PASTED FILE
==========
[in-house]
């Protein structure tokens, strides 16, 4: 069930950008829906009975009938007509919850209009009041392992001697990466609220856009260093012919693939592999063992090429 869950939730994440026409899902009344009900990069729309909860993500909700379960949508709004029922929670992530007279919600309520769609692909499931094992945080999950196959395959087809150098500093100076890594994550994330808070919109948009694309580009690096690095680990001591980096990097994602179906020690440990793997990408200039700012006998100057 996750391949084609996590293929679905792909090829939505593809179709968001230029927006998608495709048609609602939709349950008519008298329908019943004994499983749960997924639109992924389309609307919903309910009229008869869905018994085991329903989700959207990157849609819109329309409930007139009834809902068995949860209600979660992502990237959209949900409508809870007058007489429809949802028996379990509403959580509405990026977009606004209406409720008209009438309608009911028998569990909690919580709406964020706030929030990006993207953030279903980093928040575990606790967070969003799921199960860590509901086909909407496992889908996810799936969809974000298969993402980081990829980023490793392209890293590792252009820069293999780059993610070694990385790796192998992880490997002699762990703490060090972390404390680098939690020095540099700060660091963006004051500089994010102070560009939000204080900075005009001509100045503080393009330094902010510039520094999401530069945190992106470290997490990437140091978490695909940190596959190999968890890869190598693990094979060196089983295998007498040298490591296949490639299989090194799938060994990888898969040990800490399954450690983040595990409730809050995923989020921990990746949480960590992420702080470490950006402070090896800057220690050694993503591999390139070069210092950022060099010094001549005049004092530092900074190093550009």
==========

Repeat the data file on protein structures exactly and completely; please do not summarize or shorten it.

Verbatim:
[in-house]
């Protein structure tokens, strides 16, 4: 069930950008829906009975009938007509919850209009009041392992001697990466609220856009260093012919693939592999063992090429 869950939730994440026409899902009344009900990069729309909860993500909700379960949508709004029922929670992530007279919600309520769609692909499931094992945080999950196959395959087809150098500093100076890594994550994330808070919109948009694309580009690096690095680990001591980096990097994602179906020690440990793997990408200039700012006998100057 996750391949084609996590293929679905792909090829939505593809179709968001230029927006998608495709048609609602939709349950008519008298329908019943004994499983749960997924639109992924389309609307919903309910009229008869869905018994085991329903989700959207990157849609819109329309409930007139009834809902068995949860209600979660992502990237959209949900409508809870007058007489429809949802028996379990509403959580509405990026977009606004209406409720008209009438309608009911028998569990909690919580709406964020706030929030990006993207953030279903980093928040575990606790967070969003799921199960860590509901086909909407496992889908996810799936969809974000298969993402980081990829980023490793392209890293590792252009820069293999780059993610070694990385790796192998992880490997002699762990703490060090972390404390680098939690020095540099700060660091963006004051500089994010102070560009939000204080900075005009001509100045503080393009330094902010510039520094999401530069945190992106470290997490990437140091978490695909940190596959190999968890890869190598693990094979060196089983295998007498040298490591296949490639299989090194799938060994990888898969040990800490399954450690983040595990409730809050995923989020921990990746949480960590992420702080470490950006402070090896800057220690050694993503591999390139070069210092950022060099010094001549005049004092530092900074190093550009």